Writing by Peter Hilton

Original programming jokes

Social media timestamp-based attribution 2023-09-26 #programming #humour

Aleksandra Sapozhnikova

Jokes, even more than books and song lyrics, seem to become public domain as soon as they make someone laugh, unfortunately for comedy writers, who rarely get credit for the jokes they write that become memes (in Dawkins’ sense rather than image macros a.k.a. lolcats).

Ever since programmers started using social media, programming jokes have had something new: timestamps and search. The following jokes reappear regularly without credit, but these first sightings on Twitter likely reveal their original authors.


Nicholas Smith’s 2009-05-21 tweet appeared way back when Twitter first started to experience rapid growth:

There are no bugs, just surprise features

For example, Marit van Dijk found a 2022 tweet that copies the original joke without credit.


Leon Bambrick’s 2010-01-01 tweet remains the first and most popular variation on Phil Karlton’s original joke:

The two hardest programming problems are cache invalidation, naming things and off by one errors


Nick Murphy’s 2011-04-27 tweet hasn’t spread as much, but scores points for the pun:

Just started a band called 1023MB.
We haven’t done a gig yet.

Paul Malin’s 2011-11-12 tweet unusually contains compilable code, which makes it hard to tell out loud:

Q: What’s yellow and dangerous?
A: *((int*)rand()) = 0xffff00;

This riffs on the children’s shark-infested custard joke. The C code overwrites a random memory location with a number that represents yellow, and may cause the computer to crash spectacularly, although not necessarily in yellow.


Anthony Steele’s 2012-03-26 tweet (private account) brilliantly upgrades a classic groaner:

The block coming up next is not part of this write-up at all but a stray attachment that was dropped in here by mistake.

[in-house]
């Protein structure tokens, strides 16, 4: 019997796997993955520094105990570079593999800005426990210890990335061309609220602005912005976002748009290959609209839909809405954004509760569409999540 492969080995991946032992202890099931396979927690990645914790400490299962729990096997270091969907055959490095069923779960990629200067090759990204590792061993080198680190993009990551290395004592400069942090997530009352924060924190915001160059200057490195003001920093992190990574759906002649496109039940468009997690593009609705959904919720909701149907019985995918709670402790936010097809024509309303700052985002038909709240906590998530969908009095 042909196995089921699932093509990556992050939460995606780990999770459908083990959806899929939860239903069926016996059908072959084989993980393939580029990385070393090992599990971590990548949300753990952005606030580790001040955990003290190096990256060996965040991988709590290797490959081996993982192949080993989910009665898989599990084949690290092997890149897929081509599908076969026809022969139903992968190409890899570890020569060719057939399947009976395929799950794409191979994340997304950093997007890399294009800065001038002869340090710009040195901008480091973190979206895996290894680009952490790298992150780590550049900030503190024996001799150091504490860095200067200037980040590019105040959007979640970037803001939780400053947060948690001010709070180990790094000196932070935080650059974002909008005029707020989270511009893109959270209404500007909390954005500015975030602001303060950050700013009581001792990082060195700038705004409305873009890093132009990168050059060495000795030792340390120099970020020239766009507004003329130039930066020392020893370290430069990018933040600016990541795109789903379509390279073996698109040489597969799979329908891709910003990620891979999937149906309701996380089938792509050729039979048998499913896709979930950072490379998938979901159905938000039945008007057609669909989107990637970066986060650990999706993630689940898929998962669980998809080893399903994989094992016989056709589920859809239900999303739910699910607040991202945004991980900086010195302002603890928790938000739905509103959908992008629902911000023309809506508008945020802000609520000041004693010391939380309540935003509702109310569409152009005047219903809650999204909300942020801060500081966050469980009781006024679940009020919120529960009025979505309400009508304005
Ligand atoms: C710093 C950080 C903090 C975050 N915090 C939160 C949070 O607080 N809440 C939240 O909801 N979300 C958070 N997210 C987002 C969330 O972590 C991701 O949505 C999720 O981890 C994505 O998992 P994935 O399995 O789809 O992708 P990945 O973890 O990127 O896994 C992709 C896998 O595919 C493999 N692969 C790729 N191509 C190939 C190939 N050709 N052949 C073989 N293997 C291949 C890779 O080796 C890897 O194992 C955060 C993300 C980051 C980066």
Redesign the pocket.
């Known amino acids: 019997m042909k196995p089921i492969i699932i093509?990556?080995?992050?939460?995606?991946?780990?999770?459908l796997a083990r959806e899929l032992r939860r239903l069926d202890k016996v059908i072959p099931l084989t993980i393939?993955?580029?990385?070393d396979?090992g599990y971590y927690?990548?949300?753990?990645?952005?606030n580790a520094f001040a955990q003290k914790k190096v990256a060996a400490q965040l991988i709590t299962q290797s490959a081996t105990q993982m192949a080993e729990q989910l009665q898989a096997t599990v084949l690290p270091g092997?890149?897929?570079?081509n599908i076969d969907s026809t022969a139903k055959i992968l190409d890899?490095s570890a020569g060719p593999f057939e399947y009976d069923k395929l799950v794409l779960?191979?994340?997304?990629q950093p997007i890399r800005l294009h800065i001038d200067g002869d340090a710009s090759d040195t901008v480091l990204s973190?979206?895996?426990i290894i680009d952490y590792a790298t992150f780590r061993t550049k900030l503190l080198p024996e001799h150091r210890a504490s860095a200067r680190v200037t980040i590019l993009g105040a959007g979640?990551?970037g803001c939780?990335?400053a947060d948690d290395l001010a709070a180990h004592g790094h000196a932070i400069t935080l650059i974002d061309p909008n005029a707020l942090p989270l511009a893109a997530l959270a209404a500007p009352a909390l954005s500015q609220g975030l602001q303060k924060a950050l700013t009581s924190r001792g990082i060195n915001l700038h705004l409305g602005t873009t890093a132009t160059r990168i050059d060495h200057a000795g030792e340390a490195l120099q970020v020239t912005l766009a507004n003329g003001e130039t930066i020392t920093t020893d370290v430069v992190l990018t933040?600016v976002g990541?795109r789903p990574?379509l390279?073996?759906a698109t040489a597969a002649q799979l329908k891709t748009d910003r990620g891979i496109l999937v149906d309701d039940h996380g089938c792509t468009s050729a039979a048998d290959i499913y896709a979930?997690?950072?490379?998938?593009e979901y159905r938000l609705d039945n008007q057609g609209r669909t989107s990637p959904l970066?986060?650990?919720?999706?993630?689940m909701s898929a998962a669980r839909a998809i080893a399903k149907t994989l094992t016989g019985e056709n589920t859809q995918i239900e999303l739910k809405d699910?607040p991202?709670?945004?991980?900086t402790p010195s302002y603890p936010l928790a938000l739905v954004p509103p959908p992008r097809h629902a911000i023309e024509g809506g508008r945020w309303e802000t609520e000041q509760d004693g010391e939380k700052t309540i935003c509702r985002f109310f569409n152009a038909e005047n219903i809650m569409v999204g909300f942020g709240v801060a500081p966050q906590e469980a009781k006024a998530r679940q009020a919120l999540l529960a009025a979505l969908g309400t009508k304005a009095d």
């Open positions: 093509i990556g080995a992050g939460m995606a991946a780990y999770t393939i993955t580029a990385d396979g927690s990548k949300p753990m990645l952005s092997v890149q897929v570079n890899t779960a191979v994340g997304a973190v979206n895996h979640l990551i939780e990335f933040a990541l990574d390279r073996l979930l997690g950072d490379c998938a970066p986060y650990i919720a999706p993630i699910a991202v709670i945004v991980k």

There are 10 kinds of programmers: those who understand binary, those who don’t, and those who didn’t expect a base 3 joke.

Raoul du Plessis’ 2012-10-25 tweet ventures successfully into observational humour:

Programmers love computer games because they get to experience performing a task from start to finish without the requirements changing


Phillip Bowden’s 2014-05-20 tweet inevitably became my favourite programming joke, because it references both naming and programming jokes:

There are two hard problems in computer science: we only have one joke and it’s not funny

Bill Sempf’s 2014-09-23 tweet (account now deleted, but the tweet ID reveals the date) has spread even more than the Phil Karlton joke, in an untestable number of variations:

QA Engineer walks into a bar. Orders a beer. Orders 0 beers. Orders 999999999 beers. Orders a lizard. Orders -1 beers. Orders a sfdeljknesv.


Matthias Verraes’ 2015-08-14 tweet takes the Karlton joke to network programming:

There are only two hard problems in distributed systems:
2. Exactly-once delivery
1. Guaranteed order of messages
2. Exactly-once delivery


I Am Devloper’s 2016-02-03 laments the coder condition:

The software development process:

i can’t fix this

crisis of confidence
questions career
questions life

oh it was a typo, cool


Romeu Moura’s 2017-11-10 tweet established domain-driven design as a real thing, with its first proper joke:

In the culinary bounded context: 🍅 is a vegetable
In the botanic bounded context: 🍅 is a fruit
In 🎭 bounded context: 🍅 is feedback

In hindsight, if you publish a book that single-handedly establishes a new field or discipline, as Eric Evans did with his 2003 book, the second edition’s chapter title pages would ideally introduce the field’s standard jokes. As the importance of programming jokes explains, a book and a Wikipedia page alone do not establish a culture.

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